The European Commission has spoken out about Catalonia's violence-marred independence referendum. Though 90 percent voted for secession, turnout was low amid clashes with police ordered to prevent the vote.
Reaction by European leaders to Sunday's independence referendum in Catalonia was mixed, with some strongly condemning the use of force by Spanish police to halt the vote and others commenting warily, mindful of separatist movements in their own countries or the EU.
About midday on Monday, roughly 24 hours after clashes broke out, the EU's executive European Commission released a statement saying the vote in Catalonia was not legal under Spain's constitution and that the Commission considered it an internal matter for Spain.
"We call on all relevant players to now move very swiftly from confrontation to dialogue. Violence can never be an instrument in politics. We trust the leadership of Prime Minister Mariano Rajoy to manage this difficult process in full respect of the Spanish Constitution and of the fundamental rights of citizens enshrined therein," the Commission statement said.
"Beyond purely legal aspects, the Commission believes that these are times for unity and stability, not divisiveness and fragmentation."
European Council President Donald Tusk later announced on Twitter that he had spoken with Rajoy, calling for a bid to find ways "to avoid further escalation and use of force."
On Monday, Greens co-leader Cem Özdemir, a potential coalition partner for Chancellor Angela Merkel and future senior minister, outright condemned the force used.
"Whether or not the referendum was legitimate, the violence by police against voters was disproportionate and harmful to such an important dialogue," he wrote on Twitter.
Marked differences in UK reactions
UK Foreign Secretary Boris Johnson said it was a matter for the Spanish government and people and that it was important the Spanish constitution be respected and the rule of law upheld. Madrid had ruled Catalonia's referendum illegal.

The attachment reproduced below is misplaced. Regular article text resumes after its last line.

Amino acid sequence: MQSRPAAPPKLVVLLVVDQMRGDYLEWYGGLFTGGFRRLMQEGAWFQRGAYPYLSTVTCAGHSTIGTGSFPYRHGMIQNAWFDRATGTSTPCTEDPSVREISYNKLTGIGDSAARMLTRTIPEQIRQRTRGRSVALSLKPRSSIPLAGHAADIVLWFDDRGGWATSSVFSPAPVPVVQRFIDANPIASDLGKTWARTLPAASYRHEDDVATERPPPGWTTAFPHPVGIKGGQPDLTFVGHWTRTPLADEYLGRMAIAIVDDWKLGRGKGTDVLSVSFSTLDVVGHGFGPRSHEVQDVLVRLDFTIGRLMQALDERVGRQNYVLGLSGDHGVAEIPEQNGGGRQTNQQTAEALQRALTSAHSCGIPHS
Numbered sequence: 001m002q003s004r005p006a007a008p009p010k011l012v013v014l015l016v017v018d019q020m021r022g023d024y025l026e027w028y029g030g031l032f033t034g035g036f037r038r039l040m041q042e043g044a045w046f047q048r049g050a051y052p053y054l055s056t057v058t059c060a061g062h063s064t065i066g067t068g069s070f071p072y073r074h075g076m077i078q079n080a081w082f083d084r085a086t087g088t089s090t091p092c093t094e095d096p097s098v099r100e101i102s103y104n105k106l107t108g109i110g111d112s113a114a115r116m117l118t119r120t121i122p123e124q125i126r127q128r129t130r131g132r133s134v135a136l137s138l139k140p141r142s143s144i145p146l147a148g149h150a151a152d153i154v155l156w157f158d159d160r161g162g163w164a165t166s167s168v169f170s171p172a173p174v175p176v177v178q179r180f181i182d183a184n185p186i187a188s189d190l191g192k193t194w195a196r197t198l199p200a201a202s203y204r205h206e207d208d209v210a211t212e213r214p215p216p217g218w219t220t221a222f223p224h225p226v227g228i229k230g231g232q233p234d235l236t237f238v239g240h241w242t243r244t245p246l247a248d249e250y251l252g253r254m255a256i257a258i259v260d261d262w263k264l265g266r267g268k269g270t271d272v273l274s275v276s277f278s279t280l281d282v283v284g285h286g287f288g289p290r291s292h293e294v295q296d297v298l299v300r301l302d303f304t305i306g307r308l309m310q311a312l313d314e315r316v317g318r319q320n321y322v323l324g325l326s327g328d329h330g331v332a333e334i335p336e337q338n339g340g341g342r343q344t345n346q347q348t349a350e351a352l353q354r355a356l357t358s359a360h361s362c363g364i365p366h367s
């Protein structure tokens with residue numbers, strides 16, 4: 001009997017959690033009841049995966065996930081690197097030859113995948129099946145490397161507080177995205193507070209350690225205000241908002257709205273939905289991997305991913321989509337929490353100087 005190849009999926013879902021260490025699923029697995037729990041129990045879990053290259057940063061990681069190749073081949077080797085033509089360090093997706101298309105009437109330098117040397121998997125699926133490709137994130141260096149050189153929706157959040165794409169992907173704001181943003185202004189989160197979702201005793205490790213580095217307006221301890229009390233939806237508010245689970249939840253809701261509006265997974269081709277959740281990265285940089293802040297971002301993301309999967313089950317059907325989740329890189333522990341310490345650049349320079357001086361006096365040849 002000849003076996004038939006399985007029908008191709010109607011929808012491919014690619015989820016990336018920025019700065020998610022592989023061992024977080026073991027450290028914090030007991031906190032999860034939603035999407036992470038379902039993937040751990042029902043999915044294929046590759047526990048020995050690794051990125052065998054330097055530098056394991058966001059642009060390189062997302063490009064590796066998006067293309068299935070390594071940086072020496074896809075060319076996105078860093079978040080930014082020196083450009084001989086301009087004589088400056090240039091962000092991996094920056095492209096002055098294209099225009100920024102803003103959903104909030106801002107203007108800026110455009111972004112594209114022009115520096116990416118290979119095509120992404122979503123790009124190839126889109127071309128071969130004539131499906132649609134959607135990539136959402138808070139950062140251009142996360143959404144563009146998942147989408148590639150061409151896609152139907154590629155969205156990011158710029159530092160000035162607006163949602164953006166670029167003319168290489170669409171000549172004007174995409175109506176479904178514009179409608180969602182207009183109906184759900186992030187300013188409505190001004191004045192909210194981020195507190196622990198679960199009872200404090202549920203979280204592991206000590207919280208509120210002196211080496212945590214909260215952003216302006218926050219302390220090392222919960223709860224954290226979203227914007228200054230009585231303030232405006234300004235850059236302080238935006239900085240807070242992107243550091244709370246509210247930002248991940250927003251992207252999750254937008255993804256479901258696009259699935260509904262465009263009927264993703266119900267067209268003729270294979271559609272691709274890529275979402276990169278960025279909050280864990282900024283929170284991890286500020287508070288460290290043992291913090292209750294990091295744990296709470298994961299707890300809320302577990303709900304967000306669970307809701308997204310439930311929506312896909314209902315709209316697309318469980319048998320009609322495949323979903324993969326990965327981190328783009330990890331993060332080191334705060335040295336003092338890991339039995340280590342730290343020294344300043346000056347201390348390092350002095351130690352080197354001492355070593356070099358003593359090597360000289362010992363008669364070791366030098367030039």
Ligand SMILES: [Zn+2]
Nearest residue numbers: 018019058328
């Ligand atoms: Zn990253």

Scotland's First Minister Nicola Sturgeon criticized the statement as "shamefully weak." Sturgeon closely followed Sunday's events on her Twitter feed, saying she was increasingly concerned by the images coming from Catalonia.
"Regardless of views on independence, we should all condemn the scenes being witnessed," Sturgeon, who led Scotland's 2014 independence referendum in which it voted to remain part of the UK, said.
Guy Verhofstadt, an EU lawmaker who is leading the European Parliament's Brexit negotiations, called for de-escalation and a negotiated solution to the conflict.
"In the European Union we try to find solutions through political dialogue and with respect for the constutional order," he said.
Support and concern directed at Madrid
Catalans vote amid crackdown
Outside the EU, Serbia's foreign minister has expressed support for Madrid.
"Our position is clear and principled, Spain is one of the greatest friends of Serbia," Ivica Dacic said, adding that Madrid is in "the same position on the issue of the territorial integrity of Serbia."
Spain, unlike most other EU member states, does not recognize the independence of Kosovo, which broke away from Serbia in 2008.
The United Nations human rights chief, Zeid Ra'ad Al Hussein urged Madrid to investigate Sunday's violence, saying he was "very disturbed" by it.
"I urge the Spanish authorities to ensure thorough, independent and impartial investigations into all acts of violence," he said. "Police responses must at all times be proportionate and necessary."
Local authorities in Catalonia reported that hundreds of citizens had been injured as police attempted to halt voting in the referendum, which had been outlawed by Spain's Constitutional Court. Catalan's government pressed ahead with the vote despite firm opposition from the central government in Madrid. Amid a low voter turnout of 42.3 percent, some 90 percent voted for independence. Catalonia's leader Carles Puigdemont said the result paved the way to independence from Spain.